Teacher Dan Gill was heartbroken as a kid when a white woman refused to host him and his Black friend at a birthday party.
Editor's Note: This article was originally published on June 15, 2022. It has since been updated.
Everyone who's been in Dan Gill's classroom at Glenfield Middle School in Montclair, New Jersey, knows there's an empty chair in his classroom. It's deliberate and it has always been there. The chair is always empty and to Dan Gill, it teaches a life lesson that every student who walks through his doors ought to know. “Each year, I teach lessons around Martin Luther King Jr.’s birthday about the Civil Rights movement,” Gill told TODAY. “I wanted to connect the students in a personal way to what that meant.” The chair is meant to represent a seat that wasn't offered to his friend, an African American, when they were children, recalled Gill. He was just 9 when the incident happened.
Gill and his best friend Archie went to a birthday party in Gill’s New York City apartment building. They were excited about the party and carried gifts for the kid celebrating their birthday. Gill was white and his friend Archie was Black. They rang the bell and waited. The mother of the kid opened the door, looked at Archie and told them there were no more chairs. Gill said it wasn't a problem. They would sit on the floor or fetch some chairs if needed. The woman repeated that there were no more chairs. It was only then that it hit Gill that Archie wasn't welcome because of the color of his skin. Both of them left with tears streaming down their faces.
Gill could never shake off that incident of racial discrimination that his friend suffered. “Archie was denied the opportunity to go to the birthday party because of a bias the woman had,” he said. Gill said that one incident defined him and life's purpose in many ways. It “drove me to where I am today,” he said. Gill moved from New York to Montclair, where he worked as a teacher for 50 years. He was a key cog in integrating Montclair public schools. Glenfield Middle School, where he was a model for other schools’ desegregation.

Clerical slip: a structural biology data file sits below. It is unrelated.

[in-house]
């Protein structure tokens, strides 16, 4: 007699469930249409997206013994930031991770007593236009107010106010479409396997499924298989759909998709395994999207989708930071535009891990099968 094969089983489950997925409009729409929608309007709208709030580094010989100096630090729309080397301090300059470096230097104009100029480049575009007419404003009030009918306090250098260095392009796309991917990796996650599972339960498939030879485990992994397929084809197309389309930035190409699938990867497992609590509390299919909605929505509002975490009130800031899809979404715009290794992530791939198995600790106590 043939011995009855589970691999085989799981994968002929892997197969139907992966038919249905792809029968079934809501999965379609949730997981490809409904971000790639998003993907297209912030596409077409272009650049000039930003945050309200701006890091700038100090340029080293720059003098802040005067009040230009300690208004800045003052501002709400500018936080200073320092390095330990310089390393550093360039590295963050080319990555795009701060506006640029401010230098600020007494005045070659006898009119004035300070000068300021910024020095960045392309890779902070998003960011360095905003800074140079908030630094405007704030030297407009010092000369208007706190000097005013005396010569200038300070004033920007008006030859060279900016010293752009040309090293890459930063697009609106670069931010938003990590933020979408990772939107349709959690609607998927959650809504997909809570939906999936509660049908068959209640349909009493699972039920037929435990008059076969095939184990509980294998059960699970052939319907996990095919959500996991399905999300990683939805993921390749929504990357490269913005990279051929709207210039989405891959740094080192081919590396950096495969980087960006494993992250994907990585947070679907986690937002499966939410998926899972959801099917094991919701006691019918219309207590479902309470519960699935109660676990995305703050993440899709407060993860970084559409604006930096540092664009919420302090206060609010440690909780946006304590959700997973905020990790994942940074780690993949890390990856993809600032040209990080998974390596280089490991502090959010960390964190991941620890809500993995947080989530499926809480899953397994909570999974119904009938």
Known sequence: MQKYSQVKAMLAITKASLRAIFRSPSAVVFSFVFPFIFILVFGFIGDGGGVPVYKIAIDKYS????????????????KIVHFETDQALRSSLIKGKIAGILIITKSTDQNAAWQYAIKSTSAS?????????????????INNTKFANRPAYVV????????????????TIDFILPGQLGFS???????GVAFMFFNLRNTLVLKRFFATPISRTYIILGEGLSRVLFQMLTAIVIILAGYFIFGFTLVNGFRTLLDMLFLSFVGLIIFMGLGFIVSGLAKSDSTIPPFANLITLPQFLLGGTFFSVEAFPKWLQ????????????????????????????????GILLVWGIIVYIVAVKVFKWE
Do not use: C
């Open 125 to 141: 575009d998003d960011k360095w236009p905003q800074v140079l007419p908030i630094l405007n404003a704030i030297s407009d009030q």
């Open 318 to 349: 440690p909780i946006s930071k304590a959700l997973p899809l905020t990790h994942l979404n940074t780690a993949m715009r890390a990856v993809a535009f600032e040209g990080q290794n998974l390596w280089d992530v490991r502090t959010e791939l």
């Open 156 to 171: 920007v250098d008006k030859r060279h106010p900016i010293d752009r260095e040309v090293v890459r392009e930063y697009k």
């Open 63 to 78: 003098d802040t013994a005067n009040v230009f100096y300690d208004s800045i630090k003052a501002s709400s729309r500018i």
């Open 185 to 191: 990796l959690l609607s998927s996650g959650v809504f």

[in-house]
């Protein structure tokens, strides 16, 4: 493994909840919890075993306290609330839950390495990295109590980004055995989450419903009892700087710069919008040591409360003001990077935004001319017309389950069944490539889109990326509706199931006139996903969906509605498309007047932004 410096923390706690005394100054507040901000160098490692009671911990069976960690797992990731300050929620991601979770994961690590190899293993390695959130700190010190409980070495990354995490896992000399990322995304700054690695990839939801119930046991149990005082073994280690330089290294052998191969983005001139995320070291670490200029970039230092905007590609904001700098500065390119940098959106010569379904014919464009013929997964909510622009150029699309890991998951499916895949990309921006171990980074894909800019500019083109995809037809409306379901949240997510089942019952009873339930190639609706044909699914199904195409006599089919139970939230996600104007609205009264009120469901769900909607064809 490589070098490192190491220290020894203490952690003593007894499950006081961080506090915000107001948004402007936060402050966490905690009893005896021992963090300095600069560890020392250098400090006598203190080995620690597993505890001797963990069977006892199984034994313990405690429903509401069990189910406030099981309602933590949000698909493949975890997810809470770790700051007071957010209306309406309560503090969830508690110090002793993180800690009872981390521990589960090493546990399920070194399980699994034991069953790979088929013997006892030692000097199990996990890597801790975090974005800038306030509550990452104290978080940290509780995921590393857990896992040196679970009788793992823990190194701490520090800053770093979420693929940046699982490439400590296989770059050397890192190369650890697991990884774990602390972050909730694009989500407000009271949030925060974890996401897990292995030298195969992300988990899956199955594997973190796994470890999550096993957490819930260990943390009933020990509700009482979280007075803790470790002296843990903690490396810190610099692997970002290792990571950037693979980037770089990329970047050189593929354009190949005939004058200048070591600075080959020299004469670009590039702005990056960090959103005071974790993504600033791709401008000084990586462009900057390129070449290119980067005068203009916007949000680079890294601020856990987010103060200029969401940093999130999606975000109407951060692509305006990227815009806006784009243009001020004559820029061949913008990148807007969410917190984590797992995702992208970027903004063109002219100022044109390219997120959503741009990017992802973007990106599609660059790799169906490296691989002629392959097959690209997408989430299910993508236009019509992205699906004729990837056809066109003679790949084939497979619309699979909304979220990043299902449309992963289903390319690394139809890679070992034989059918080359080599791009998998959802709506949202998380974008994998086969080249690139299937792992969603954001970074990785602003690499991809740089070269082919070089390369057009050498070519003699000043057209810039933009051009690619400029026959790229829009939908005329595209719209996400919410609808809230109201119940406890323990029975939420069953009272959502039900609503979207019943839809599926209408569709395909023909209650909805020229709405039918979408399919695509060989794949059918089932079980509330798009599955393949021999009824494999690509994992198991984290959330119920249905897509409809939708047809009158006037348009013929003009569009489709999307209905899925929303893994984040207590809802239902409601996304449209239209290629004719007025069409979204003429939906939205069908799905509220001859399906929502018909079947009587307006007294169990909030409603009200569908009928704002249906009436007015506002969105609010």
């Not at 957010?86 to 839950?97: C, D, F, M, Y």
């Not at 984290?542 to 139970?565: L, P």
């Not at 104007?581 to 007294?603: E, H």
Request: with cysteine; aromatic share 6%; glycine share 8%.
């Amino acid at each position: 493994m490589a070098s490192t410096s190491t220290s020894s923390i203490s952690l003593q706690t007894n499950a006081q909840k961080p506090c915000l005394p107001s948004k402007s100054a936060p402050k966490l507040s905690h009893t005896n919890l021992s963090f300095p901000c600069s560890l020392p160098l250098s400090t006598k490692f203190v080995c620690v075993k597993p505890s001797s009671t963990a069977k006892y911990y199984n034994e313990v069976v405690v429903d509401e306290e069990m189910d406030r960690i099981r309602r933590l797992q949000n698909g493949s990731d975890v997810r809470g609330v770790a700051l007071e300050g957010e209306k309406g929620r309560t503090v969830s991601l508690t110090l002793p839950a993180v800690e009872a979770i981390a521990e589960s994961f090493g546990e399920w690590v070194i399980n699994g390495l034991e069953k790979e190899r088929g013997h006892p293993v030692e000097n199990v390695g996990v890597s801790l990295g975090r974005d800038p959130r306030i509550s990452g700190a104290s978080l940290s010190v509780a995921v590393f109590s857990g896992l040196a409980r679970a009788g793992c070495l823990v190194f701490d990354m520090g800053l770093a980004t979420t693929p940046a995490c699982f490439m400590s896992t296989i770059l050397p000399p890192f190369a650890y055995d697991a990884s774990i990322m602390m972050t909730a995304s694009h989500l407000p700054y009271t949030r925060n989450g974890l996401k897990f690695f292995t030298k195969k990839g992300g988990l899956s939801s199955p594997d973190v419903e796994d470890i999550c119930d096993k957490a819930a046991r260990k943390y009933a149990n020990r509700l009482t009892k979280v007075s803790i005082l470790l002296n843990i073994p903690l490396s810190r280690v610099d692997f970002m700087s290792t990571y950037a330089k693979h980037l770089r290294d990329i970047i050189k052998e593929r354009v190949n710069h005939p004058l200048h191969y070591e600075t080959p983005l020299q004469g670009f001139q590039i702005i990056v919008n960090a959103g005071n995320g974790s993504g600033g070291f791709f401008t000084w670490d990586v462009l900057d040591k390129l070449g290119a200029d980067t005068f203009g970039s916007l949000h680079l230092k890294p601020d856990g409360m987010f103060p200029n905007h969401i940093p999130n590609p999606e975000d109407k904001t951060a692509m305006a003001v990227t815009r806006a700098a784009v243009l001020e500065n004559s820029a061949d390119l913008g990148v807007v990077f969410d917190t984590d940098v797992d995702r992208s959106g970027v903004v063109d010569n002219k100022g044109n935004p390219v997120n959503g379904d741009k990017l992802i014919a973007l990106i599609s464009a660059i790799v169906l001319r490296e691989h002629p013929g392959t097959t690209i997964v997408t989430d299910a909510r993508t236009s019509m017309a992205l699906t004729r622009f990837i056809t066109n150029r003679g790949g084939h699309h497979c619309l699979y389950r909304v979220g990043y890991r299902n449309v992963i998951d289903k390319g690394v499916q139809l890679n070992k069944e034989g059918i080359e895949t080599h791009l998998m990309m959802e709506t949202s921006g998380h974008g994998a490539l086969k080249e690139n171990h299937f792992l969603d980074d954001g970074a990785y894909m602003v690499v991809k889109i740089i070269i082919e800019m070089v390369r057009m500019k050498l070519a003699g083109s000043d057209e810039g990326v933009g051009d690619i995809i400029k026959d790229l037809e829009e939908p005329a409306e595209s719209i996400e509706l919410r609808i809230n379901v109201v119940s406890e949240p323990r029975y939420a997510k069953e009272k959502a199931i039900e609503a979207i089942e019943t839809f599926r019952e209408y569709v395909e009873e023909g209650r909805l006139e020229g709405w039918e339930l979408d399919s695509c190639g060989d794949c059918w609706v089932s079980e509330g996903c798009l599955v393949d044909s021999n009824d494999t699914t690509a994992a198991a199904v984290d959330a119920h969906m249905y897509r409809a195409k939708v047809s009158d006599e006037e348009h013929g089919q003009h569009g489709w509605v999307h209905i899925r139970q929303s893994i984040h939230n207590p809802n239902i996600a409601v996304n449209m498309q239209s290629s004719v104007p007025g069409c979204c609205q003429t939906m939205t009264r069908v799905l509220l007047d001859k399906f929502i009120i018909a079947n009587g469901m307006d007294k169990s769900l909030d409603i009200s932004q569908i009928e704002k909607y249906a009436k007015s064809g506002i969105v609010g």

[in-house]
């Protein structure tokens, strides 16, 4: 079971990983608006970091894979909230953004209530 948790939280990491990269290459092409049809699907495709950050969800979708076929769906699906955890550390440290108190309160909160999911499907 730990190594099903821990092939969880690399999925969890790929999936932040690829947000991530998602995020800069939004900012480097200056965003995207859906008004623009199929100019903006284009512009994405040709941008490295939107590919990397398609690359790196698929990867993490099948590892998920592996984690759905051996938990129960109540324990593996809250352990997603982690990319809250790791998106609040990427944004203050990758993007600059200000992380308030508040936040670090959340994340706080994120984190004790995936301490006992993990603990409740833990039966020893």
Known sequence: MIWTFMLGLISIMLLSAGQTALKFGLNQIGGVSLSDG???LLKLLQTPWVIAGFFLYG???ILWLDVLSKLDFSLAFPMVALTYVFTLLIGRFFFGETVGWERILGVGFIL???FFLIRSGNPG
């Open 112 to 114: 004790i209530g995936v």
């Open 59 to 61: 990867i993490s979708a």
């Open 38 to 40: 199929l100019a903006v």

While America has changed a lot for the better since he and his friend were denied entry into a birthday party, Gill believes there's still a lot more to do. “Kids work well with symbols,” said Gill “It’s a reminder that they can do better — better academically, socially, and emotionally — but also to make people feel welcome and make this a better place to live.”
The chair is a fixture in his class and the kids take it upon themselves to spread the message each time they have a newcomer. “Do you know why we have that chair?” said Gill. “That’s the piece they have owned.” Gill is now 75 and will retire from teaching after the 2022-2023 school year, but he is eager to continue spreading the message of what the empty chair in his classroom symbolizes. He has pitched a book idea titled “No More Chairs” and wants to dedicate it to his dear friend Archie, who died in 2021. Over the years, the pair had lost touch, but Gill recently tracked down his relatives through social media. He is also hoping other teachers keep an empty chair to remind people of the message he has been trying to spread. "In my wildest dreams. I hope it imparts to kids how they can be better and how they can treat people better. I hope they will be decision-makers in their own class," he said.